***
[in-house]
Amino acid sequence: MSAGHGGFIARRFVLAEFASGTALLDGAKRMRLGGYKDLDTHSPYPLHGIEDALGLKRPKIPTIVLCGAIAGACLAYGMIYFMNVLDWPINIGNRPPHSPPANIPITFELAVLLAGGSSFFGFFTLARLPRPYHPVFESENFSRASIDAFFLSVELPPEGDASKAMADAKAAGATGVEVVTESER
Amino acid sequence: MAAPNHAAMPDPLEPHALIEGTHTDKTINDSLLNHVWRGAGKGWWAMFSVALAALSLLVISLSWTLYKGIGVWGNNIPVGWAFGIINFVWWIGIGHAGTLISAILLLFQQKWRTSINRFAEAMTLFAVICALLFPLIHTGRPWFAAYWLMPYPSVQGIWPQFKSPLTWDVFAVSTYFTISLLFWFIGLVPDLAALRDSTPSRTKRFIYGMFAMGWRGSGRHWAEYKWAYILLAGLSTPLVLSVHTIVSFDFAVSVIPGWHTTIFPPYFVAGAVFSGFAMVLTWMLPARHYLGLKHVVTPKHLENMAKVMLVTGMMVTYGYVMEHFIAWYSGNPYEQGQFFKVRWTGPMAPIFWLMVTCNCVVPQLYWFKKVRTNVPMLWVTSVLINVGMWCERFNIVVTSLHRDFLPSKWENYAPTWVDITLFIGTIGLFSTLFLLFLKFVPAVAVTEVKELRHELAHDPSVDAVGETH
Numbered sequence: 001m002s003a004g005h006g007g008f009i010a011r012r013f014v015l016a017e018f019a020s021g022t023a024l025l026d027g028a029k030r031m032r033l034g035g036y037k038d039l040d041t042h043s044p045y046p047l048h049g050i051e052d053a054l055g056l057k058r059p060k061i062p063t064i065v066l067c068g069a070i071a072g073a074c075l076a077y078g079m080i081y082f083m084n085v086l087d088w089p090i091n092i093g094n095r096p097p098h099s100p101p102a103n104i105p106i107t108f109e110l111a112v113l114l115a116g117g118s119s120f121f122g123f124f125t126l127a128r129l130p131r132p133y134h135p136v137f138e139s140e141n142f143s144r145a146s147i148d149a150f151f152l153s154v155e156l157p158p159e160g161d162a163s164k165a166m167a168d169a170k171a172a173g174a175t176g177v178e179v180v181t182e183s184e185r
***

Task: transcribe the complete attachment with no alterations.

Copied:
[in-house]
Amino acid sequence: MSAGHGGFIARRFVLAEFASGTALLDGAKRMRLGGYKDLDTHSPYPLHGIEDALGLKRPKIPTIVLCGAIAGACLAYGMIYFMNVLDWPINIGNRPPHSPPANIPITFELAVLLAGGSSFFGFFTLARLPRPYHPVFESENFSRASIDAFFLSVELPPEGDASKAMADAKAAGATGVEVVTESER
Amino acid sequence: MAAPNHAAMPDPLEPHALIEGTHTDKTINDSLLNHVWRGAGKGWWAMFSVALAALSLLVISLSWTLYKGIGVWGNNIPVGWAFGIINFVWWIGIGHAGTLISAILLLFQQKWRTSINRFAEAMTLFAVICALLFPLIHTGRPWFAAYWLMPYPSVQGIWPQFKSPLTWDVFAVSTYFTISLLFWFIGLVPDLAALRDSTPSRTKRFIYGMFAMGWRGSGRHWAEYKWAYILLAGLSTPLVLSVHTIVSFDFAVSVIPGWHTTIFPPYFVAGAVFSGFAMVLTWMLPARHYLGLKHVVTPKHLENMAKVMLVTGMMVTYGYVMEHFIAWYSGNPYEQGQFFKVRWTGPMAPIFWLMVTCNCVVPQLYWFKKVRTNVPMLWVTSVLINVGMWCERFNIVVTSLHRDFLPSKWENYAPTWVDITLFIGTIGLFSTLFLLFLKFVPAVAVTEVKELRHELAHDPSVDAVGETH
Numbered sequence: 001m002s003a004g005h006g007g008f009i010a011r012r013f014v015l016a017e018f019a020s021g022t023a024l025l026d027g028a029k030r031m032r033l034g035g036y037k038d039l040d041t042h043s044p045y046p047l048h049g050i051e052d053a054l055g056l057k058r059p060k061i062p063t064i065v066l067c068g069a070i071a072g073a074c075l076a077y078g079m080i081y082f083m084n085v086l087d088w089p090i091n092i093g094n095r096p097p098h099s100p101p102a103n104i105p106i107t108f109e110l111a112v113l114l115a116g117g118s119s120f121f122g123f124f125t126l127a128r129l130p131r132p133y134h135p136v137f138e139s140e141n142f143s144r145a146s147i148d149a150f151f152l153s154v155e156l157p158p159e160g161d162a163s164k165a166m167a168d169a170k171a172a173g174a175t176g177v178e179v180v181t182e183s184e185r